Submitted by Daryl Heusinkveld
Seventy-five years ago, this month, a Band of Roughnecks went abroad on a top-secret mission into Robin Hood's stomping grounds to punch oil wells to help fuel England's war machines. It's a story that should make any oilman or woman proud. The year was 1943 and England was mired in World War II. U-boats attacked supply vessels, choking off badly needed supplies to the island nation. But oil was the commodity they needed the most as they warred with Germany.
A book "The Secret of Sherwood Forest: Oil Production in England During World War II" written by Guy Woodward and Grace Steele Woodward was published in 1973 and tells the obscure story of the American oil men who went to England to bore wells in a top-secret mission in March 1943.
England had but one oil field, in Sherwood Forest of all places. Its meager output of 300 barrels a day was literally a drop in the bucket of their requirement of 150,000 barrels a day to fuel their war machines. Then, a top-secret plan was devised: to send some Americans and their expertise to assist in developing the field. Oklahoma based Noble Drilling Co., along with Fain-Porter signed a one-year contract to drill 100 wells for England, merely for costs and expenses. Forty-Two drillers and roughnecks from Texas and Oklahoma, most in their teens and early twenties, volunteered for the mission to go abroad. The hands embarked for England in March 1943 aboard the HMS Queen Elizabeth. Four National 50 drilling rigs were loaded onto ships, but only three of them made landfall; the Nazi U-boats sank one of the rigs en route to the UK.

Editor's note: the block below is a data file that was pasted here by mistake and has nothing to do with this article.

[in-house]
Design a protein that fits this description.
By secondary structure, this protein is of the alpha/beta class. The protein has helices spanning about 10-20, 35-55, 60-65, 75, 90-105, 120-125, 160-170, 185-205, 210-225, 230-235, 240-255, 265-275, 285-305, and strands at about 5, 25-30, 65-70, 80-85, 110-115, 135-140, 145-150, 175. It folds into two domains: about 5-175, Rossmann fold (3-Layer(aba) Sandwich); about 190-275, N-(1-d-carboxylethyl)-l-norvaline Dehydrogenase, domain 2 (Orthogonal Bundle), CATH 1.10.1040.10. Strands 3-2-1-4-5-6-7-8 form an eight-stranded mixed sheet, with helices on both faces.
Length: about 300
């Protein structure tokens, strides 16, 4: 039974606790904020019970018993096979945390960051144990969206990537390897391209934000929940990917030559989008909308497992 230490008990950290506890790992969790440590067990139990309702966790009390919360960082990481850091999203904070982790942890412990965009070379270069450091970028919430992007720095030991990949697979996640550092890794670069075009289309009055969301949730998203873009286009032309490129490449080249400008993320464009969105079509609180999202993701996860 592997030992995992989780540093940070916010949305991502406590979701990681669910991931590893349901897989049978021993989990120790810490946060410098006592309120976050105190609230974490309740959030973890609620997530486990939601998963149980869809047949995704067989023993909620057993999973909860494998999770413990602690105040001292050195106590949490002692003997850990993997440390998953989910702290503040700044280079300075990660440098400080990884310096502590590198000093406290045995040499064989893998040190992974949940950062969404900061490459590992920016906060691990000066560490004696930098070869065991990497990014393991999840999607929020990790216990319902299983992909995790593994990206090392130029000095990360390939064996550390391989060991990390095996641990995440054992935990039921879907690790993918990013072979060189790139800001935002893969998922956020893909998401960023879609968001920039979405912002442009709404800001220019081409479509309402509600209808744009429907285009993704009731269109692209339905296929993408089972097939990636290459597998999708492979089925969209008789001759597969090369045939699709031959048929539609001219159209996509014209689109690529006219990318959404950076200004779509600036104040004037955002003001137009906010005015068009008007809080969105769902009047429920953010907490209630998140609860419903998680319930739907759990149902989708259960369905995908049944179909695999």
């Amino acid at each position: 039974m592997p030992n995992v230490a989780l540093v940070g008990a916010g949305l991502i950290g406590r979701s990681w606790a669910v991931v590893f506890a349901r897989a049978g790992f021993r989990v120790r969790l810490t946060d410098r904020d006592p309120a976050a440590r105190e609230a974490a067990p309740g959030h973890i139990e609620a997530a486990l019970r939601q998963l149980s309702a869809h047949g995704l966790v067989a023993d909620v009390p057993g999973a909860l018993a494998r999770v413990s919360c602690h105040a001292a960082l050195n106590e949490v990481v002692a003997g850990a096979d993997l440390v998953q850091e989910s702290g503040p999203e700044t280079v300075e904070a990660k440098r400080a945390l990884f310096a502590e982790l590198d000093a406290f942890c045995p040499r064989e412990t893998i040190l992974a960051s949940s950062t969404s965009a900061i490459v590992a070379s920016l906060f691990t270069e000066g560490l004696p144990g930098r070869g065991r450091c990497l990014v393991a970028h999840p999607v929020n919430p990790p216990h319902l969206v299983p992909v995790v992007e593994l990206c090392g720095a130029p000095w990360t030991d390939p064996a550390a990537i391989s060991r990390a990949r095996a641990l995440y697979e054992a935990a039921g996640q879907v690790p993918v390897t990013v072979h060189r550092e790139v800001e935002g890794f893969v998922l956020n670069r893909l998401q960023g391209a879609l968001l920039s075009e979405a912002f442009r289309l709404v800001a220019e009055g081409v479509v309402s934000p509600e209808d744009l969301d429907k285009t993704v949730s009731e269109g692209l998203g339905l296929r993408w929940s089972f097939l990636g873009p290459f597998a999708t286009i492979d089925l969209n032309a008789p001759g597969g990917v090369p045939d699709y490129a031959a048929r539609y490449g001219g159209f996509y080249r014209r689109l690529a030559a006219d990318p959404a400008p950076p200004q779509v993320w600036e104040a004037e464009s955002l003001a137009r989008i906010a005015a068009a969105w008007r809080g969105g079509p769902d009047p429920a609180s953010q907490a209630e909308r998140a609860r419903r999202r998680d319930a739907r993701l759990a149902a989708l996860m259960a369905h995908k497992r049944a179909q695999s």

The Brits' jaws dropped as the Yanks began punching the wells in a week, compared to five to eight weeks for their British counterparts. They worked 12-hour tours, 7 days a week and within a year, the Americans had drilled 106 wells and England oil production shot up from 300 barrels a day to over 300,000. The contract fulfilled, the American oil men departed England in late March 1944, but only 41 hands were on board the return voyage. Herman Douthit, a Texan derrick-hand was killed during the operation. He was laid to rest with full military honors and remains the only civilian to be buried at The American Military Cemetery in Cambridge.
"The Oil Patch Warrior," a seven-foot bronze statue of a roughneck holding a four-foot pipe wrench, stands near Nottingham, England to honor the American oil men's assistance and sacrifice in the war. A replica was placed in Ardmore, Oklahoma in 2001.
Special thanks to the American Oil and Gas Historical Society.